In Minnesota, non-Muslims visit mosques during Ramadan

Muslims and non-Muslims sharing meal (Courtesy of MAS Minnesota)
Muslims and non-Muslims gather for an iftar in the Minneapolis/St. Paul area of Minnesota. (Courtesy photo)

Being neighborly is an American tradition, and Midwesterners are particularly proud of their hospitality. A Minnesota program promotes this neighborly spirit by arranging for hundreds of non-Muslims to visit mosques during Ramadan.

The Taking Heart program was born of concerns that “many people [in Minnesota] know so little about Islam and Muslims,” says the Reverend Cynthia Bronson Sweigert, an Episcopal priest who coordinates Taking Heart for the Minnesota Council of Churches. The council launched the program in 2005 in partnership with the Muslim American Society of Minnesota, whose director, Imam Asad Zaman, works with Bronson Sweigert to recruit participants.

Nineteen mosques participate in the program. Guests from churches and synagogues visit them and hear presentations about Islam and Ramadan, observe prayers, and join their Muslim neighbors for an iftar meal.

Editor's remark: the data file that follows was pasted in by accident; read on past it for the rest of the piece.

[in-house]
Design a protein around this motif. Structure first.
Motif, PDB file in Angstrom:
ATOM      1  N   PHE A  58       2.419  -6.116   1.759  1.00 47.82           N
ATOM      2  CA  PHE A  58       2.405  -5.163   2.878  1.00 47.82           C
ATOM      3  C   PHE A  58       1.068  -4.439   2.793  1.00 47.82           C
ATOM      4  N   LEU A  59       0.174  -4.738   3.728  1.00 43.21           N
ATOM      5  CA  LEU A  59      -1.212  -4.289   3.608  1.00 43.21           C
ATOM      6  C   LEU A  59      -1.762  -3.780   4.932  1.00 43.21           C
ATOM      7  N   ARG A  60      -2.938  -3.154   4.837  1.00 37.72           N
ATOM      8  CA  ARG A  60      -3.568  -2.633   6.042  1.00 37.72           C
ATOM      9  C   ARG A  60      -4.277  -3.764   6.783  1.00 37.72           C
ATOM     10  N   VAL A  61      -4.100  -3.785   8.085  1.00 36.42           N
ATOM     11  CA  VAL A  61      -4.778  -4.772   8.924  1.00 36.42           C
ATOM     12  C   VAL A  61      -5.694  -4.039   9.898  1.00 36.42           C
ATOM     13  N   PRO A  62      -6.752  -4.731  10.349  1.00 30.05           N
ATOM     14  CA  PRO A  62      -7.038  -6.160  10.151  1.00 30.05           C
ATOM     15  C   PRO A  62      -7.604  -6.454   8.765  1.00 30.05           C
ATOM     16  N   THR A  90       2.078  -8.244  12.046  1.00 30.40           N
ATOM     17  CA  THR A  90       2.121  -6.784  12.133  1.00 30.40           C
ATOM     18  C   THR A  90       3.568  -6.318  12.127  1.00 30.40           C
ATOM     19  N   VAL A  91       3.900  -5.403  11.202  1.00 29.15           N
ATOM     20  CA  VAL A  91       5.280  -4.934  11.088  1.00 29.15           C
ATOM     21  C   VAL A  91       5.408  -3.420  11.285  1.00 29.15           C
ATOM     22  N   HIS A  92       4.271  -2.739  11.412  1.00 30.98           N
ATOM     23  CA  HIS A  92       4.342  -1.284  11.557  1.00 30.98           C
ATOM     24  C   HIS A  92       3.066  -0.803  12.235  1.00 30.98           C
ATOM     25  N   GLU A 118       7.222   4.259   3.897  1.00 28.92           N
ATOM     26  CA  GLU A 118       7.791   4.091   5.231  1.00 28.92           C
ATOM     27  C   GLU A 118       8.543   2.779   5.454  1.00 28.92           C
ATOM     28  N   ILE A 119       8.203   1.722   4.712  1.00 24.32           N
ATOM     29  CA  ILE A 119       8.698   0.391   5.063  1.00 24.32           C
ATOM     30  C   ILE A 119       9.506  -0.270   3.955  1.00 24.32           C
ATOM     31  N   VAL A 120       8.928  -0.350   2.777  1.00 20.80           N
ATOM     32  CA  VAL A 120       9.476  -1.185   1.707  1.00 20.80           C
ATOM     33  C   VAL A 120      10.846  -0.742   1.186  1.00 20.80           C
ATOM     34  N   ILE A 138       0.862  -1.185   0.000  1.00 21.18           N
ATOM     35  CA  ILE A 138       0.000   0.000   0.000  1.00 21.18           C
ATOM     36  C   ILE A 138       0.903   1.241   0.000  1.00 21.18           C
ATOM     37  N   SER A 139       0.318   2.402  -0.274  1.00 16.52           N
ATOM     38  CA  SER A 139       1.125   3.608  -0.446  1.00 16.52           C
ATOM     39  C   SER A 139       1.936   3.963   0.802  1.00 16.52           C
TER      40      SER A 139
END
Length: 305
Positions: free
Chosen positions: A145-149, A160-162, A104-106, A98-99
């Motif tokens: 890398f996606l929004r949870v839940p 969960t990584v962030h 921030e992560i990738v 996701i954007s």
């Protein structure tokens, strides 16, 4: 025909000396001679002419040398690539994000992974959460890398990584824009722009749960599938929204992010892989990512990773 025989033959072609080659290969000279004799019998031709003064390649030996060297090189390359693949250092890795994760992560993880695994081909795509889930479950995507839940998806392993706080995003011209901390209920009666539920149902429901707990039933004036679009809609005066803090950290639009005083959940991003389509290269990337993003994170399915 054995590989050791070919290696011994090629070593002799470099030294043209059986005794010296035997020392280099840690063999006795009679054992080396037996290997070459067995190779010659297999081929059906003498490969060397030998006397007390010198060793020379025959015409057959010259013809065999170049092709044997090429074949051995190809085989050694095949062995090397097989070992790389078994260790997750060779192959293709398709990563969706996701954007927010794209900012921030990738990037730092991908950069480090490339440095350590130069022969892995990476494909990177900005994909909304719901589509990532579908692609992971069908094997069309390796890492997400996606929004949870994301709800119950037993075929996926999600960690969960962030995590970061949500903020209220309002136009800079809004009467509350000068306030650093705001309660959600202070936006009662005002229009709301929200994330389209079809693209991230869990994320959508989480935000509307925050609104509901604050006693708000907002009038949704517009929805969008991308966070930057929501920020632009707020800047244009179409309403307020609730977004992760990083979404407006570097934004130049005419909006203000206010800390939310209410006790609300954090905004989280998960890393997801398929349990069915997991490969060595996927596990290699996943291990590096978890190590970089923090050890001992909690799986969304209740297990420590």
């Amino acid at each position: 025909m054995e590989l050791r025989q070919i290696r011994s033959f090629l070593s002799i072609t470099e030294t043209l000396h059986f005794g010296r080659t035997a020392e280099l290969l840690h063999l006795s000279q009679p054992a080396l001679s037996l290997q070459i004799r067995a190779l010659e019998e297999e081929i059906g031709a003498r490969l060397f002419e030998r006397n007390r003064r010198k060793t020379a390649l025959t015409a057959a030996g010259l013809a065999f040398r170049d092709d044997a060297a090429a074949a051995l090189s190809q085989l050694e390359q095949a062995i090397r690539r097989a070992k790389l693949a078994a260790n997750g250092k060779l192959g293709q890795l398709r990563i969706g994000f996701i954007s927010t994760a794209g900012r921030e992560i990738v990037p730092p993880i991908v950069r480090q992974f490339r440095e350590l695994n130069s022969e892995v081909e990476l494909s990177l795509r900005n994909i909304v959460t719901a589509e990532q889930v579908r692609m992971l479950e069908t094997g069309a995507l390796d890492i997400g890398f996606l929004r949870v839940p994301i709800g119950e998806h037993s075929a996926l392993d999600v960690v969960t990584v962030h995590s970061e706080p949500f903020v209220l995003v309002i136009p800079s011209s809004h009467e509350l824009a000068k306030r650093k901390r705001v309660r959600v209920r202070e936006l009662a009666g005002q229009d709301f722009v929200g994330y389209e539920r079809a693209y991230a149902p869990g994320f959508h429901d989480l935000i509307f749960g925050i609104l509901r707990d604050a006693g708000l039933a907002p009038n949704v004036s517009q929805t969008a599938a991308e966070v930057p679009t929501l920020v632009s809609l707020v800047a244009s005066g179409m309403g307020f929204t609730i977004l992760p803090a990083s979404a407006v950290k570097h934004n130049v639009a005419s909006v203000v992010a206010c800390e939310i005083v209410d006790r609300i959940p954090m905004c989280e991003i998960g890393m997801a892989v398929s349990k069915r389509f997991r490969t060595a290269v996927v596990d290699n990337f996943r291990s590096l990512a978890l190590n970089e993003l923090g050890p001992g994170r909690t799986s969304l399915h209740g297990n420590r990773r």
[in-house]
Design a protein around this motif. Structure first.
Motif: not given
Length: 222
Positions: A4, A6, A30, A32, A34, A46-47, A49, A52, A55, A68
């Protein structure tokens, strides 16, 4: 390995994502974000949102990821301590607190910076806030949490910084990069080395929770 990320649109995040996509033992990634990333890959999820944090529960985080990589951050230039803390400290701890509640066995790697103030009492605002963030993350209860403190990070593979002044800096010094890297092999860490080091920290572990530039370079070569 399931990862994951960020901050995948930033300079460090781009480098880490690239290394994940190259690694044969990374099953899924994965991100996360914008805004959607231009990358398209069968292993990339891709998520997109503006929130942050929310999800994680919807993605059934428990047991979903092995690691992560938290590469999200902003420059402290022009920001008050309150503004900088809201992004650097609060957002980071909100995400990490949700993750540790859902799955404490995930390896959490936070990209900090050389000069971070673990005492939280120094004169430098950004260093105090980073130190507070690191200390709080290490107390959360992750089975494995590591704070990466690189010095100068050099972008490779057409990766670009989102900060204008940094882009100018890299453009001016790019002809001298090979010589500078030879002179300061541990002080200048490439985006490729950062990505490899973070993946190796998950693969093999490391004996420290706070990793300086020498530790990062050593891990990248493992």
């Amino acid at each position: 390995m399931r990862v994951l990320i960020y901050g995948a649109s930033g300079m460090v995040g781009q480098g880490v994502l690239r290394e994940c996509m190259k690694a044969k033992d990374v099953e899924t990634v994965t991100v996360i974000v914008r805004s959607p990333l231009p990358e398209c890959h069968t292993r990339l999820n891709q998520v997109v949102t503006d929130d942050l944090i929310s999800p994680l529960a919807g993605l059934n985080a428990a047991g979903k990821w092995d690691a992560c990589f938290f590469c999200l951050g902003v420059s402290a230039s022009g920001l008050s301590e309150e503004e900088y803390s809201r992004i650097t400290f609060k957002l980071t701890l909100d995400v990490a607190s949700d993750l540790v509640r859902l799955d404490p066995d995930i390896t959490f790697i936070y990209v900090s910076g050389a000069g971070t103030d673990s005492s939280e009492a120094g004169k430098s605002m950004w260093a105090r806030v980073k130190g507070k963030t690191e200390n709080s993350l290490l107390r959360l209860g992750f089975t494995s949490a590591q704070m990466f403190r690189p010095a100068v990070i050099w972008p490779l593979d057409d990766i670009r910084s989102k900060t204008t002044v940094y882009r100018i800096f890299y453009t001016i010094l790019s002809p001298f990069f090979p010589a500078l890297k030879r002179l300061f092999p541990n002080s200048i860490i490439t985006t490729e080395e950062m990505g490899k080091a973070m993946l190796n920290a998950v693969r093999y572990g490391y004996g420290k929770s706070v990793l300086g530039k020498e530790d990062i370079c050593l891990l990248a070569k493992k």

Taking Heart registers guests, and each mosque provides the food. Non-Muslims are sometimes afraid to enter a mosque, Zaman says, but come to understand “they are, of course, welcome year-round.”

Smiling boy in his father's arms (Courtesy of MAS Minnesota)
Wrapped in his father’s embrace, a boy at a Minnesota mosque offers a smile to visitors. (Courtesy photo)

The program is so popular among host mosques that “the number of Muslims who volunteer to be hosts exceeds the [need],” Zaman says. Mosques “try to maintain a ratio of one host volunteer for every three guest visitors” to foster vibrant conversations.

“The dinners are fun and rewarding,” says Bronson Sweigert.

Zaman quotes one visitor: “The presentation … dispelled many common myths about Muslims and Islam. The Muslims in attendance were so willing to answer questions and share their experiences, and I walked away with a grateful heart and a deeper respect for Muslims and their faith beliefs and traditions.”

Nearly 1,000 non-Muslims visited mosques during the 2016 Ramadan period. “Most people are just trying to live and get along,” says Zaman. “I have been surprised at how little it takes, in interaction and compassion, to melt away the many layers of misinformation and fear.”

Learn more about Ramadan in America, and discover how American Muslims live their faith and serve their communities.